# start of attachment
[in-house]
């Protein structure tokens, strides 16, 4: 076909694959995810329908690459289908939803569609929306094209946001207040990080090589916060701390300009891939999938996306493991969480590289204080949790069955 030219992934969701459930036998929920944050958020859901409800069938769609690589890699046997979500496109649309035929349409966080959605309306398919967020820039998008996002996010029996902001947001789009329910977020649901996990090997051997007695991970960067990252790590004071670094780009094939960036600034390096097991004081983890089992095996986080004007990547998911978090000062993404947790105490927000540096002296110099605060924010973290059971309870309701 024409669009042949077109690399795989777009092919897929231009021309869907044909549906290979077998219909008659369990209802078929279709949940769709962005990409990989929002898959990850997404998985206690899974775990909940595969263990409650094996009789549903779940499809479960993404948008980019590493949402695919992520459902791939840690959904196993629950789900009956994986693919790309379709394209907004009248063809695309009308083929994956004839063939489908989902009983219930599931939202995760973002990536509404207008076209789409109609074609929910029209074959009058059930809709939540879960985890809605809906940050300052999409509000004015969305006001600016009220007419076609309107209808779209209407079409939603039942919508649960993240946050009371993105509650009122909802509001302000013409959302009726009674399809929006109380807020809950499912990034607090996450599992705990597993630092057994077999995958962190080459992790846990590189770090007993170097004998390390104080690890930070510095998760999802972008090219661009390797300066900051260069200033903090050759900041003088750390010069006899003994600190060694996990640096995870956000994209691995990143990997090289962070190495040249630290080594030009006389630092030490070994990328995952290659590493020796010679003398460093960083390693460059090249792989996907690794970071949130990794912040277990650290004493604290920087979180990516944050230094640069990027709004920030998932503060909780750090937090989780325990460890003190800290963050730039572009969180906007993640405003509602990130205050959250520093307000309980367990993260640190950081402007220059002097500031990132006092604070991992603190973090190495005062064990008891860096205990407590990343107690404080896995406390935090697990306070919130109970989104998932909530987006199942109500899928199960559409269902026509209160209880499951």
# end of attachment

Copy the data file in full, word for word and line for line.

[in-house]
């Protein structure tokens, strides 16, 4: 076909694959995810329908690459289908939803569609929306094209946001207040990080090589916060701390300009891939999938996306493991969480590289204080949790069955 030219992934969701459930036998929920944050958020859901409800069938769609690589890699046997979500496109649309035929349409966080959605309306398919967020820039998008996002996010029996902001947001789009329910977020649901996990090997051997007695991970960067990252790590004071670094780009094939960036600034390096097991004081983890089992095996986080004007990547998911978090000062993404947790105490927000540096002296110099605060924010973290059971309870309701 024409669009042949077109690399795989777009092919897929231009021309869907044909549906290979077998219909008659369990209802078929279709949940769709962005990409990989929002898959990850997404998985206690899974775990909940595969263990409650094996009789549903779940499809479960993404948008980019590493949402695919992520459902791939840690959904196993629950789900009956994986693919790309379709394209907004009248063809695309009308083929994956004839063939489908989902009983219930599931939202995760973002990536509404207008076209789409109609074609929910029209074959009058059930809709939540879960985890809605809906940050300052999409509000004015969305006001600016009220007419076609309107209808779209209407079409939603039942919508649960993240946050009371993105509650009122909802509001302000013409959302009726009674399809929006109380807020809950499912990034607090996450599992705990597993630092057994077999995958962190080459992790846990590189770090007993170097004998390390104080690890930070510095998760999802972008090219661009390797300066900051260069200033903090050759900041003088750390010069006899003994600190060694996990640096995870956000994209691995990143990997090289962070190495040249630290080594030009006389630092030490070994990328995952290659590493020796010679003398460093960083390693460059090249792989996907690794970071949130990794912040277990650290004493604290920087979180990516944050230094640069990027709004920030998932503060909780750090937090989780325990460890003190800290963050730039572009969180906007993640405003509602990130205050959250520093307000309980367990993260640190950081402007220059002097500031990132006092604070991992603190973090190495005062064990008891860096205990407590990343107690404080896995406390935090697990306070919130109970989104998932909530987006199942109500899928199960559409269902026509209160209880499951």